At The Shrine
Reflections, Reciprocalities and Reverberations: Fine Art and Music
The fifth edition of the SAVVY Journal for critical texts on contemporary African art will explore the influence of music on contemporary art practices and map interfaces between visual media, fine art, and music in the African and African diaspora context. The title of this collection, “At the Shrine” is a reference to Fela Kuti‘s Shrine Nightclub and concert venue; a cultural space and an epitome of a social sculpture. This music venue captures our vision of the links between visual expression, music, and critical inquiry.
The mutual relationship between music and fine art, which goes back to time immemorial, manifests itself on different levels. Both artistic languages inform each other in diverse enriching ways. Some of these points of intersection that have crystallized and proven to be ground-breaking in a variety of disciplines in recent decades include, but are not limited to: Performance/ Performativity – e.g. the enigmatic blend of music and performance art, as in the case of Les Têtes Brulées, or the socio-political vigour channelled through the audio and visual of Fela Kuti’s music, which has since been an important source of inspiration for many visual artists; Photography – e.g. the presence of James Brown’s music in Malick Sidibe’s photography, the synergy between Johannesburg’s jazz scene and a whole generation of Drum photographers, or the field of music portraiture championed by the likes of Samuel Nja Kwa; Video – ranging from video art, as in the case of Goddy Leye’s “We Are The World”, to music video clips featuring a variety of musical styles from Azonto, through Coupé Decalé or Kwaito to Rai that have completely transformed the production and consumption of popular culture in Africa; Illustration, Patterning, and Painting – which have been essential in the making of outstanding record covers and album posters; the interconnectedness between music and fashion design; the influence of the likes of Sun Ra on Afrofuturism; Experimental Composition and Sound Art as in the case of Emeka Ogboh; Theatre/ Theatricality – the links in popular theatre traditions between multimedia theatre groups that rely on popular music bands and sign-board painters, such as in Ghanaian and Nigerian Concert Party traditions; Electronica – artists, musicians are creatively reusing music software, online resources, and mobile phone technologies to refigure older styles of music, dance, communication and visual imaging. Some of these forms are explicitly understood as art while others are ephemeral forms of expression. Street Art – graffiti, spoken word, poetry, street dance are forms that link musical, political and counter-cultural expression.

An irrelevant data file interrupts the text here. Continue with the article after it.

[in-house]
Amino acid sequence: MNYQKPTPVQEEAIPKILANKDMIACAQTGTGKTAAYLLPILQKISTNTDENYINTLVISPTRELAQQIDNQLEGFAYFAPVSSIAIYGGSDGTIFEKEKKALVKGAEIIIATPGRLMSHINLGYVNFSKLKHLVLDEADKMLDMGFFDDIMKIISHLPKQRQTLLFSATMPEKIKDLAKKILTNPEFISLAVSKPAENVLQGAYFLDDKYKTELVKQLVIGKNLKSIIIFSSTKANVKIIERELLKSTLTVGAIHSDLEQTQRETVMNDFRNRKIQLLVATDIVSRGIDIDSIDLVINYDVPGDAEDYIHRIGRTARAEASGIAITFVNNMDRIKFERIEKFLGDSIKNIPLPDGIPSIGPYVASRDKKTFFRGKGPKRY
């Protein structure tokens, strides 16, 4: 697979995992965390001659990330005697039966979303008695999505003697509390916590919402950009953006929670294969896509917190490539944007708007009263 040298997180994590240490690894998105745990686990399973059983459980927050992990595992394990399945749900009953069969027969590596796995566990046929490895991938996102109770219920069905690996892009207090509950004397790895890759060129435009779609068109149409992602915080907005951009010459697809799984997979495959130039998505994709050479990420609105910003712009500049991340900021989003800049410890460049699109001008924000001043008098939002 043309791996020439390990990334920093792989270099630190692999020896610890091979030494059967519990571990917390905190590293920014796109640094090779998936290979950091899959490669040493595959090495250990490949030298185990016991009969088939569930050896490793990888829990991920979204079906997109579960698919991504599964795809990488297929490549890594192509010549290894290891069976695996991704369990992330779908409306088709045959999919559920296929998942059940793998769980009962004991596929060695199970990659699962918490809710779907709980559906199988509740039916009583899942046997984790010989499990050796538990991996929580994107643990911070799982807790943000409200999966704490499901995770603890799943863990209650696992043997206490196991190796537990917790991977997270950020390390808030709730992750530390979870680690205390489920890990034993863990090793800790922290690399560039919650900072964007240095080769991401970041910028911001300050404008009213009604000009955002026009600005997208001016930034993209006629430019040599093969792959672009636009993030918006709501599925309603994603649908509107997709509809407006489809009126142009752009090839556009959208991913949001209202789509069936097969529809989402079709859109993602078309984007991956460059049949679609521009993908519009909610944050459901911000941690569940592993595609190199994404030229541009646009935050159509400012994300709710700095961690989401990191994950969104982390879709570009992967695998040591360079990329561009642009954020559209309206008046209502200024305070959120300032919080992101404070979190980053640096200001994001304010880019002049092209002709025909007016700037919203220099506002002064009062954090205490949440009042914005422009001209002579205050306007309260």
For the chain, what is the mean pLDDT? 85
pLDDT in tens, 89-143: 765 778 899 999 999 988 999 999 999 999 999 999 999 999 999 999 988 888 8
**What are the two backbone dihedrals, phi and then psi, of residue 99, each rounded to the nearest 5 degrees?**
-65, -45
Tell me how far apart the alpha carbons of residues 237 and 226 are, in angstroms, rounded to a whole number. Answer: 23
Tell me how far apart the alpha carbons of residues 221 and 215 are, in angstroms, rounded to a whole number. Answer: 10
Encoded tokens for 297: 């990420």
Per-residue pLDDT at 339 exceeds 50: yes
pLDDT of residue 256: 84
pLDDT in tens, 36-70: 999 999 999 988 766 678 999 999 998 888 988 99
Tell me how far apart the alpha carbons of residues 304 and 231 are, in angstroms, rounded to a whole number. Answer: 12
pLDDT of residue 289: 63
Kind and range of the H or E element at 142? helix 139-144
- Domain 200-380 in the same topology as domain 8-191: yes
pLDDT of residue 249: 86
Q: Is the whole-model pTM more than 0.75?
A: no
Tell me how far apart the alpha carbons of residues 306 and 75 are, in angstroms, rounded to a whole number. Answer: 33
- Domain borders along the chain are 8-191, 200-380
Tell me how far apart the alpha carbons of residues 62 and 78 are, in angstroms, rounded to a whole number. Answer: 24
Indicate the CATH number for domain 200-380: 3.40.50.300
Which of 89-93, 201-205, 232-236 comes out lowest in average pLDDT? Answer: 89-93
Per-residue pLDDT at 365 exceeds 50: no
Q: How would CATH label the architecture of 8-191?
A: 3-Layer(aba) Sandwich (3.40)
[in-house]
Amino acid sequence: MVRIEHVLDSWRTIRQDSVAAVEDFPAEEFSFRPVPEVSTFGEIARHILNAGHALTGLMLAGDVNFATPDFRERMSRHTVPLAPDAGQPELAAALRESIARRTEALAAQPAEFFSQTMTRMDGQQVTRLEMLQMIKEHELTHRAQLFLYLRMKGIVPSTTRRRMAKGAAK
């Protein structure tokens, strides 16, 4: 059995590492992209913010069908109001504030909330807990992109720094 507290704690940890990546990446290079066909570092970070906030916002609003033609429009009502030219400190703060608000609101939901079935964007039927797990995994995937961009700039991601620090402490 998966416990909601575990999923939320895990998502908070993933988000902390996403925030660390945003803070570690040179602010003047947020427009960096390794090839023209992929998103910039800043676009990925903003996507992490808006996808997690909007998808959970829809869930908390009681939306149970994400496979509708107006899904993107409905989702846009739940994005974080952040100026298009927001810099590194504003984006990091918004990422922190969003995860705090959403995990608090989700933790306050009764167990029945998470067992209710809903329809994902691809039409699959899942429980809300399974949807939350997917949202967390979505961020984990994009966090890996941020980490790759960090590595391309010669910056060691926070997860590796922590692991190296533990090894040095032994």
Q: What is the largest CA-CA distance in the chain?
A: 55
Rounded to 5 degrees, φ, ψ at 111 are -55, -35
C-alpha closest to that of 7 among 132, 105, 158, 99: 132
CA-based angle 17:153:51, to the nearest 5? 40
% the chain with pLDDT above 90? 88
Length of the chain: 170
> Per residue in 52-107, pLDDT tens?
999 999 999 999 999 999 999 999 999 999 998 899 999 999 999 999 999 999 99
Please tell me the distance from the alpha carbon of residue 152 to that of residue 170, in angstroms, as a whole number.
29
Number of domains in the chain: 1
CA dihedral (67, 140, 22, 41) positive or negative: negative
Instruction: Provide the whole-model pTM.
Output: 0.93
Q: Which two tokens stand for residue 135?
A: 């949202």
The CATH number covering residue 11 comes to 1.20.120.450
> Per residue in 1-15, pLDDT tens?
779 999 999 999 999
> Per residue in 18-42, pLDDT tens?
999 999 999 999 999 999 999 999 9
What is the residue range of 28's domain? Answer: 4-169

This edition of SAVVY Journal is not intended as an anthology of music and fine art. Instead, we ask contributors to investigate where disciplines meet, how genres are demarcated, and what emerges from their various encounters, as well as explore the nexus between performativity, fine art, music and technology. Indeed we are concerned with the ways in which ideas of genre and modality are themselves made and unmade in artistic practice. We are interested in articles on the role of sound appropriation in the conceptualisation of art works and of visual aspects in the creation, performance and consumption of sound and music.
Furthermore, this edition will explore and identify those artists who, using various textures and formats, work on this crossroad of sound and vision. Also, from a more general point of view, we are interested in reflections on how the encounter of image and sound in popular music has influenced culture and society. The impact of soundtracks on social and political movements on and beyond the continent would be another fascinating topic.
For this edition, the SAVVY Journal editorial will be enriched by the following guest-editors:
Dr. Hauke Dorsch (African Music Archives, Mainz), Ntone Edjabe (Chimurenga / Pan African Space Station, Cape Town) and Prof. Jesse Weaver Shipley (Haverford College, Philadelphia).
We invite essays from writers of all backgrounds – artists, curators, art historians, and theoreticians, scholars – not exceeding 3500 words in length, discussing the above mentioned or related issues.
Additionally, we are interested in more general articles such as artist-features, exhibition reviews and previews of circa 1500 words.
For more information please visit www.savvy-journal.com
Submissions to: email@example.com
Deadline: 15th August 2013
- Manuscripts with max. 3500 words in length, as text document WITHOUT formatting
- Author’s names and short biography of ca. 100 words at the end of the article
- Texts must be accompanied by five keywords
- Manuscripts must be submitted in English or German. All German texts should also be accompanied by an English translation
- All bibliographic references must be included in the document’s last page
- VERY IMPORTANT: Do NOT use the footnote or endnote facility in your word-processing program; just add the notes, numbered, at the end of the main text
- VERY IMPORTANT: please include the following info: – artist’s (or author’s) name in CAPTIONS, title of work must be in italic, date of work, media, dimensions, collection (or place of exhibition), photo credits. e.g._: Jane Alexander, The Butcher Boys, 1985/86 (plaster sculpture), National Gallery of Arts, Cape Town, South Africa.
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